Japanese melodic death-tinged thrashers Gyze are on a mission to transform an album title into a worldwide movement — and with the imminent release of the ferocious and unique Asian Chaos it’s difficult to see this Hokkaido quartet as anything other than conquerers-in-waiting.
Today we’ve got an exclusive stream of a new track from Asian Chaos, “Japanese Elegy,” as well as a fascinating interview with guitarist/vocalist/mastermind Ryoji Shinomoto. (For more info and to keep up with the band via its robust social media presence, visit the official website.)
From the cover artwork to the unremitting attack of the songs, Asian Chaos appears to strive to intertwine two traditions — that of the Samurai as well as your country’s well-documented affinity for hard rock and extreme metal. Am I interpreting that correctly?
Gyze has been active overseas in many different ways — starting with a debut release via an Italian record company in 2013 and later co-operating with a big German booking agency. We’ve performed on big international festivals such as 70000 tons of Metal, Summer Breeze, and Leyendas del Rock, and even supporting Battle Beast on their long Europe tour. Every time performing overseas we were thinking “What is our unique weapon on the world metal market?” And then I realized it is our Japanese origin that can distinguish us from thousands of other bands. That’s why even in the artwork I decided to make an accent on a recognizable symbol of Japan — a strong and noble warrior Samurai.
I also wanted our new album to become a flagbearer of Oriental Metal so I tried my best to compose the unique music that has never been heard before.
Do you think Asian metal has not quite gotten its due yet?
What can I say? If we’re talking about metal my answer would be…both yes and no. If compared to the really famous foreign bands Japanese metal bands really seem a little weaker. There are such big and famous bands like X JAPAN and Babymetal is pretty popular. However, among metal fans, there are many who say those are not really metal bands.
I can say we’re definitely lacking core-class bands here. It seems like Japan is a country of two categories: We have a few really big bands and tons of unknown artists only.And there are many bands who try to copy the western style and almost no bands playing something really unique and original.
That’s why with Asian Chaos I tried to achieve the first in the world correct fusion of Japan and Metal. It’s not only about instruments and image. It’s also about the music scales and composing level.
Well, Japan getting Marty Friedman to relocate there seems like a pretty huge coup!
I thought Marty Friedman is Japanese, isn’t he?! (Laughs)
Do you remember the first records that sparked your love for the heavier side of music? How did you go from fan to creator?
My love for metal started with Kiss. In other words, 70s rock got things going. And eventually, I started listening to the Metal of the 80s — Metallica, Iron Maiden — and [from there] ended up getting into the Scandinavian death and speed metal of the 90s. However, now I prefer Classical, Folk and Film music. When I was in my teens I wanted to write my own music so I naturally started composing.
Did you and your two brother take this journey together or did one lead and the other follow?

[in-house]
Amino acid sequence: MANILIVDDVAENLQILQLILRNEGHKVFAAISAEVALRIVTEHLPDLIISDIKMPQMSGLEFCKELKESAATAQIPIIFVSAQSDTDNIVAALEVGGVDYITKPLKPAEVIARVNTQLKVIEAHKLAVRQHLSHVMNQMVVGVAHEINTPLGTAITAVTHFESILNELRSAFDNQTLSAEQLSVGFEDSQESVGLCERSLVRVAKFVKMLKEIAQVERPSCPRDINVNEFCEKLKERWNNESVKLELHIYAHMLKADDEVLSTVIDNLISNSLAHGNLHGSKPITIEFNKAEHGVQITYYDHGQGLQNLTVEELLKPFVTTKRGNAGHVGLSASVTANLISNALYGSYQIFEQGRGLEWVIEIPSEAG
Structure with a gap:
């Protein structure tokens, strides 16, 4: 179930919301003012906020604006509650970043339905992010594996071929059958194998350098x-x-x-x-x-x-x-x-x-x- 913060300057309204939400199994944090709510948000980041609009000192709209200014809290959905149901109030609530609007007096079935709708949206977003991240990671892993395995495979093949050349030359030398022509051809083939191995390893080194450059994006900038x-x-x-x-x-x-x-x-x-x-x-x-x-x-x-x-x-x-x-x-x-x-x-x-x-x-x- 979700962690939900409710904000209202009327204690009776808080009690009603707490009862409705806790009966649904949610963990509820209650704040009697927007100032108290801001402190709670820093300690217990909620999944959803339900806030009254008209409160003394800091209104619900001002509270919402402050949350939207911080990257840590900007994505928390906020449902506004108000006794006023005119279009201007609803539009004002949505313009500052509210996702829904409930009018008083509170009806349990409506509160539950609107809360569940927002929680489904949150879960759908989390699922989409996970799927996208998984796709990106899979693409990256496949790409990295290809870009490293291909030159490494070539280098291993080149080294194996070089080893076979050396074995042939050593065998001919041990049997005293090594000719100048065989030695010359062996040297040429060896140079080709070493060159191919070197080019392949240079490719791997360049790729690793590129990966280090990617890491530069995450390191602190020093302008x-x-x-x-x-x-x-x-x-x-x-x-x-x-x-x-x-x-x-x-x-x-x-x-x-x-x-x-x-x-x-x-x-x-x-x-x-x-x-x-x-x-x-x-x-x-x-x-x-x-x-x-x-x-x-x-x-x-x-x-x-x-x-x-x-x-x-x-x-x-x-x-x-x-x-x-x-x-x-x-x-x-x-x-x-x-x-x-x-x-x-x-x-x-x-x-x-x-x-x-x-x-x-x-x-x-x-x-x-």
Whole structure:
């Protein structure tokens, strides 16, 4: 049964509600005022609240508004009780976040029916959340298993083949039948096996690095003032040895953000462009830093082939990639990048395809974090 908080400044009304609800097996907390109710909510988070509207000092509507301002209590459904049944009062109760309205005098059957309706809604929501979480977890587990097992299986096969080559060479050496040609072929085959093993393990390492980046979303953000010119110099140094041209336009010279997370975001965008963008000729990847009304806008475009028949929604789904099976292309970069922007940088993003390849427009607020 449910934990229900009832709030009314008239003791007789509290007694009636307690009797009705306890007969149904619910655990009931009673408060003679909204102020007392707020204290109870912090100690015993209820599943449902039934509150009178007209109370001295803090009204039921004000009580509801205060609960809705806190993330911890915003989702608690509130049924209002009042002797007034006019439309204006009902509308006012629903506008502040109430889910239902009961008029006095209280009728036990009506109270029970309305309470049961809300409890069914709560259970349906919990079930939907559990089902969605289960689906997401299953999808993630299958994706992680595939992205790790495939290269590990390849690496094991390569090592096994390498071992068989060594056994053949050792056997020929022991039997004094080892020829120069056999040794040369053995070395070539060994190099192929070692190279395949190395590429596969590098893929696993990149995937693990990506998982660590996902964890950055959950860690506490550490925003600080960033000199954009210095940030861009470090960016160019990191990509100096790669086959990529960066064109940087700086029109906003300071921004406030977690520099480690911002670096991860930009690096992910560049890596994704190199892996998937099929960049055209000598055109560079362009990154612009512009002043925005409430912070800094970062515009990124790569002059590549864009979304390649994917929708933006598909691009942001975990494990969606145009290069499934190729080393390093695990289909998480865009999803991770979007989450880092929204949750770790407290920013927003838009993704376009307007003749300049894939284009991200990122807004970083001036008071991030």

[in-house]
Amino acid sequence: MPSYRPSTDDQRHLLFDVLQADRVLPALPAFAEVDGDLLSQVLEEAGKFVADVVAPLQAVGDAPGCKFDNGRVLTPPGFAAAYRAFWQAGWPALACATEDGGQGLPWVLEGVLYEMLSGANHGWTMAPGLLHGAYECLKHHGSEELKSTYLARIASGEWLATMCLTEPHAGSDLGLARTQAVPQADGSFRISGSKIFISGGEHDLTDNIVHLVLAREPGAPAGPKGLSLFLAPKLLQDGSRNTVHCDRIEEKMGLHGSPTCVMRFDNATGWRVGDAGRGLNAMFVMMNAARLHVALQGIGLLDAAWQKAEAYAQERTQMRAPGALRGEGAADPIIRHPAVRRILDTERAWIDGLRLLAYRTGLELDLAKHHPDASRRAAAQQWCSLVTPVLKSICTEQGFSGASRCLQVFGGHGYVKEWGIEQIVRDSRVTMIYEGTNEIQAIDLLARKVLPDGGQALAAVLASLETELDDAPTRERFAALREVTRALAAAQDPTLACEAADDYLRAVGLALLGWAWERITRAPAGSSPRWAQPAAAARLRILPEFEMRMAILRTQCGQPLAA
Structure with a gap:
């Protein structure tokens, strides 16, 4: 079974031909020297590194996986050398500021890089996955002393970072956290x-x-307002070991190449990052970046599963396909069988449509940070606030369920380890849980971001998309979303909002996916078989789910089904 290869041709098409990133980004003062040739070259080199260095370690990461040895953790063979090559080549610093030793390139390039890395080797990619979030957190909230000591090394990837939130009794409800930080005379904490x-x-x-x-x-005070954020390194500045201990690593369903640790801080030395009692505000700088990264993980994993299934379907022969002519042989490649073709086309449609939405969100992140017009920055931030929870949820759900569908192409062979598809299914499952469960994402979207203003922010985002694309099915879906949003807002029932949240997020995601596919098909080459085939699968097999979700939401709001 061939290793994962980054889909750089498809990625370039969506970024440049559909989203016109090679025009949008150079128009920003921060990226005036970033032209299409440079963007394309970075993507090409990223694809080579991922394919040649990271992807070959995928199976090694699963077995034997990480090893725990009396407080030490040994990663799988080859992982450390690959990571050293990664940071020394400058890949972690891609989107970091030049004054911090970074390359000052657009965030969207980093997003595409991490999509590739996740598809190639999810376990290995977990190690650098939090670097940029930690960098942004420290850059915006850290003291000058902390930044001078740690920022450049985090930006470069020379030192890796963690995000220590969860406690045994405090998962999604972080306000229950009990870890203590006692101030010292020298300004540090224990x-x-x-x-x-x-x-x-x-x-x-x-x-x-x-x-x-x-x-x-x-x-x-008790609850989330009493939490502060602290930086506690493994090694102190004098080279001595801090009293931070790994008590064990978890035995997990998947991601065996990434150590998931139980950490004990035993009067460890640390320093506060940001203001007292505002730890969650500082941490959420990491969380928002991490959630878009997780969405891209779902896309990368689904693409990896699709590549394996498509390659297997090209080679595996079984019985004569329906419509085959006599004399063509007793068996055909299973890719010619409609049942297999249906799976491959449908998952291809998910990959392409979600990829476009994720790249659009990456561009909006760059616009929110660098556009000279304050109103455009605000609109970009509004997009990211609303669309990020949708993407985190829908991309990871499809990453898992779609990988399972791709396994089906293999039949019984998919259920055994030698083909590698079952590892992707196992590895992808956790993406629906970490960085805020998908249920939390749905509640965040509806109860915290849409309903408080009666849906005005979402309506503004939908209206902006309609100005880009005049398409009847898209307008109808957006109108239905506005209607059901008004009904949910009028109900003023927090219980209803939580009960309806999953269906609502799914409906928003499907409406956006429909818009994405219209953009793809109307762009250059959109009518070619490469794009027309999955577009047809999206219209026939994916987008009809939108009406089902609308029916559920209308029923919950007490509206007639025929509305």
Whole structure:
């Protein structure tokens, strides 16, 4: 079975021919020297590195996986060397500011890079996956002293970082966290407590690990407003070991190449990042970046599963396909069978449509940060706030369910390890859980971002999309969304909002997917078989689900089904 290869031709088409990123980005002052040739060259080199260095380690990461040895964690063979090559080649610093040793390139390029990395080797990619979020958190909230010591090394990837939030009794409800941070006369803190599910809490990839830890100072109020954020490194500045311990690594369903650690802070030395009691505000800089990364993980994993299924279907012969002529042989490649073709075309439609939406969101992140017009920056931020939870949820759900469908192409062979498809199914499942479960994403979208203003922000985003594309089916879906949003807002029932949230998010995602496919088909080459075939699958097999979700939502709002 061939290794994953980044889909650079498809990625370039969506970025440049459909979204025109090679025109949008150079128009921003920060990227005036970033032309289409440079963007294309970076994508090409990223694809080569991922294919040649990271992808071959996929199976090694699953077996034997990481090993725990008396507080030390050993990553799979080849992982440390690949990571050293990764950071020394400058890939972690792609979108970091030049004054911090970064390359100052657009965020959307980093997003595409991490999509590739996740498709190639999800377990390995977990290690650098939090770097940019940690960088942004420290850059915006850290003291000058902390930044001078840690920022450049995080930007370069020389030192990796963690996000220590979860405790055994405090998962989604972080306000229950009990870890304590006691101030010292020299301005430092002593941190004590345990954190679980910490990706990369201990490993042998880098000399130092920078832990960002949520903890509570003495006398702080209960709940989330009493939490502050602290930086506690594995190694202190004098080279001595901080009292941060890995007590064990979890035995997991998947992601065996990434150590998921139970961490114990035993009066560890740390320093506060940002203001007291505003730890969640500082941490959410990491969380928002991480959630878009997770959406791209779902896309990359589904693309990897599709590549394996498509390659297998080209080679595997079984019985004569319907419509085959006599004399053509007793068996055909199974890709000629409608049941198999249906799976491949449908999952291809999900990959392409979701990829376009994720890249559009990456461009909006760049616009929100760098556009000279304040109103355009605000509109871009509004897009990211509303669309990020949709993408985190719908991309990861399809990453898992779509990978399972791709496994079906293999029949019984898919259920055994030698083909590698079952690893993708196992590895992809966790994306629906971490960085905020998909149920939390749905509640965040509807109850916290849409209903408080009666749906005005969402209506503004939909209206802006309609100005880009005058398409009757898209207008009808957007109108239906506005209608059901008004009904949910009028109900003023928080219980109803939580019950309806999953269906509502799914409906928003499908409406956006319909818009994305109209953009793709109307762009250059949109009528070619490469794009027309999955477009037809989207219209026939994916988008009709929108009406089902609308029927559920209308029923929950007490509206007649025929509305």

Probably, I played the captain on board the GYZE ship and that’s how we were sailing. But we all experienced the same excitement, hardships, passion, I think.
What’s the origin story of Gyze? How did you link up with the members outside of the Shinomoto find one another?
First, when I was 18 years old I had my solo album released from a small company as a solo guitarist. But it wasn’t enough for me so I invited my brother and my middle-school friend and created a band. Unfortunately, our first bassist got in jail and thus quit the band. Luckily, it happened before our official debut so it didn’t affect the band and its future. At that point, Aruta entered Gyze. And three of us — Shuji, Aruta and me — had been working together for quite a while.
However, with this release and on we have my guitar teacher Shinkai with us so Gyze became a twin-guitar band. Shinkai is a professional music teacher, recording engineer as well as a keyboard arranger. We really needed two guitarists to perform Gyze music and until now the computer was performing the second part. I wanted to have real sound and boost the performance thus I added a guitarist to our line-up.
Is the sound we hear on Asian Chaos the one you initially set out to summon or did things shift and evolve naturally as you played together?
When creating Asian Chaos I knew what I wanted to achieve. I had many songs waiting to be finished and released, but I chose those that had the most Japanese feel to them for the strongest impact. Also, I invited the oldest Japanese traditional orchestra Gagaku with my friend Yohei Nakagawa to take part in the recording. And I also included female vocals part to the title track having my wife Stacy sing for us.
Moreover, my good friend Marc Hudson, the vocalist of DragonForce, performs guest vocals on one of the songs.
What’s the plan after the record drops?
After the release, first of all, we’ll go on Japan tour. Then we’ll bring our show to Mexico as we had to cancel our gigs there last year. After that we’re really hoping to bring Gyze music to the U.S. and Europe with a long tour. In America, we have performed only on 70000ton of Metal yet so we’d really want to tour North America—on the ship. (Laughs)
Photo by LITCHI.